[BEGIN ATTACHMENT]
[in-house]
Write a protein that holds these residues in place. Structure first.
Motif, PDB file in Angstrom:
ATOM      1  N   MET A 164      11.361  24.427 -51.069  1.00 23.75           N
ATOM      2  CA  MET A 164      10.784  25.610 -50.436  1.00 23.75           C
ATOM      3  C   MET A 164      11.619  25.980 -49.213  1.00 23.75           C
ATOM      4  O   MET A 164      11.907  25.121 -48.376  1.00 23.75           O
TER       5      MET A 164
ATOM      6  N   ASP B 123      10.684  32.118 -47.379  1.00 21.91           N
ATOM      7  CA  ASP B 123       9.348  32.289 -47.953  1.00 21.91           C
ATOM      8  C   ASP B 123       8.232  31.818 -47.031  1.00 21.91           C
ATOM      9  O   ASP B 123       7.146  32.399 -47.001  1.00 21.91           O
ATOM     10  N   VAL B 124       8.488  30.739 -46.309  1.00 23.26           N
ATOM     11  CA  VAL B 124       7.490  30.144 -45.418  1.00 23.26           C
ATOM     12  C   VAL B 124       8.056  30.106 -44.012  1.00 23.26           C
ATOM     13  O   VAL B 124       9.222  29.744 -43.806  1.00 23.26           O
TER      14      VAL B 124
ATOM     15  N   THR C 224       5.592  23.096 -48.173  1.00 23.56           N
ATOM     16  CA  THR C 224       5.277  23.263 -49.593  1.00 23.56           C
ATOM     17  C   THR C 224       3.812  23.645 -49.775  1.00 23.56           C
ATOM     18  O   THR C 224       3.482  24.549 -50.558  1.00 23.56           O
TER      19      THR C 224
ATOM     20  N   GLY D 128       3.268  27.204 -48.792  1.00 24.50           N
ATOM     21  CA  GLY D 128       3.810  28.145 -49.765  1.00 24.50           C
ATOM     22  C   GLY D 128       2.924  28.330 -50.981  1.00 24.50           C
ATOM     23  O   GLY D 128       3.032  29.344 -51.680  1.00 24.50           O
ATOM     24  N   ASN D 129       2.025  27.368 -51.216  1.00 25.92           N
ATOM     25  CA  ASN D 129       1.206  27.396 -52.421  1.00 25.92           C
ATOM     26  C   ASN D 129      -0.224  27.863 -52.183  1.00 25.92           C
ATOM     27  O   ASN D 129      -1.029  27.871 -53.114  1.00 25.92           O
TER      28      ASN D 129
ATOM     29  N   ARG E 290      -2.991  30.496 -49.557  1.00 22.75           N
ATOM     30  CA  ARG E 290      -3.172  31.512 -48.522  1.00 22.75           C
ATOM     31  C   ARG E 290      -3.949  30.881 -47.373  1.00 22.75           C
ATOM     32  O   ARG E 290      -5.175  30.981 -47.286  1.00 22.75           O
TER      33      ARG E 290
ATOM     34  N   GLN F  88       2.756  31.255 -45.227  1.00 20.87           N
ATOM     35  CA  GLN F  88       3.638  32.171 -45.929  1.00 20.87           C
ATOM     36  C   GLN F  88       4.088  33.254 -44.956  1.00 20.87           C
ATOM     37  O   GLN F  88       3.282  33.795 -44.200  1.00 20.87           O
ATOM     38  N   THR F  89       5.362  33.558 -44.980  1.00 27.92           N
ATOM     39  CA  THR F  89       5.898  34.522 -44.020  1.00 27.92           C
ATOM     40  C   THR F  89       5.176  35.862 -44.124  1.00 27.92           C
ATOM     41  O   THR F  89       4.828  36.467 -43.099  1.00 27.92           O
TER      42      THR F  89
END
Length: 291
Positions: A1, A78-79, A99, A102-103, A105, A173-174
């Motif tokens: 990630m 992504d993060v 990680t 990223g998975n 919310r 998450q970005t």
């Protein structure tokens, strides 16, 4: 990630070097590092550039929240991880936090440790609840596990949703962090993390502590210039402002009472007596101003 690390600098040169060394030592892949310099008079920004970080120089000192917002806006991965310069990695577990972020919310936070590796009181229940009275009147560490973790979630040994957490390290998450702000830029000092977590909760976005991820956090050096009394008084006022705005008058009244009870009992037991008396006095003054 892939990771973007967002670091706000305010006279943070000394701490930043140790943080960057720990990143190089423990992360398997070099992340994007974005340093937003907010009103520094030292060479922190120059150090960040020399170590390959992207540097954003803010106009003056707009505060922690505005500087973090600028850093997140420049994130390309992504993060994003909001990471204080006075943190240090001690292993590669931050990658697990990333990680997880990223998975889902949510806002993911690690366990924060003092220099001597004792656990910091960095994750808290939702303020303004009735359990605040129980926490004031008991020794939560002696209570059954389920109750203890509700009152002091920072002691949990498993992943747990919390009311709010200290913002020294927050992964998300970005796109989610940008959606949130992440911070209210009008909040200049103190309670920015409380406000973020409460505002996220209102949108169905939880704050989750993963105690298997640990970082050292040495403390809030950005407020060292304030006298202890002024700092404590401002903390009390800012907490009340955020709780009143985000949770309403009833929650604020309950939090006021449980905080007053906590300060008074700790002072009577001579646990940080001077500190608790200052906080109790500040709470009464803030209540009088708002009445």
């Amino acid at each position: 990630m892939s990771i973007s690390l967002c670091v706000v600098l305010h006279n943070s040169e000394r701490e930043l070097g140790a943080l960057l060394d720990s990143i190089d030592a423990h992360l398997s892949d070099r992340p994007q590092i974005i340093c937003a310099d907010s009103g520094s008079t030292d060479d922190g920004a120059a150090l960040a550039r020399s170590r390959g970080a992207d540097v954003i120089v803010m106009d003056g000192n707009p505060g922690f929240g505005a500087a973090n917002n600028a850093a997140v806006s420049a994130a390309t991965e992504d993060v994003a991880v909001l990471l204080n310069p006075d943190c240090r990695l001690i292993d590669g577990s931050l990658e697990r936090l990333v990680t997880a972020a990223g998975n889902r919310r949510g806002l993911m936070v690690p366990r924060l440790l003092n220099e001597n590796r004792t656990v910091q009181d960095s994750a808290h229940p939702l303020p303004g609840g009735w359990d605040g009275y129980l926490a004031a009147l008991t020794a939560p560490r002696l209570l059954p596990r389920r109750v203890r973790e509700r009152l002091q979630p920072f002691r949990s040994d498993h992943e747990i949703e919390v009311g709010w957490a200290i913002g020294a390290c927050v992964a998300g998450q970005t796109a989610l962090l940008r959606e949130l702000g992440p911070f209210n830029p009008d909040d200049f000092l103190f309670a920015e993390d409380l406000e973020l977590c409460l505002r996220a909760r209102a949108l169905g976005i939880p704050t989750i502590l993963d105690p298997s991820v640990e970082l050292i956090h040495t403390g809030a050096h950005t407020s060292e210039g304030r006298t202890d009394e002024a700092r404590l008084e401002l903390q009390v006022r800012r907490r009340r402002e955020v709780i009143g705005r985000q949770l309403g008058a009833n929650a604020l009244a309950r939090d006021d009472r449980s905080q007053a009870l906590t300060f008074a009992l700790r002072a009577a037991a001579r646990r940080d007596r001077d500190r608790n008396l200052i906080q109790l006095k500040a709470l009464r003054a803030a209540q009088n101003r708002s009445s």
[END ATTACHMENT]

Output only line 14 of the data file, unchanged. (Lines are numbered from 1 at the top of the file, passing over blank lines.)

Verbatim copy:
ATOM     11  CA  VAL B 124       7.490  30.144 -45.418  1.00 23.26           C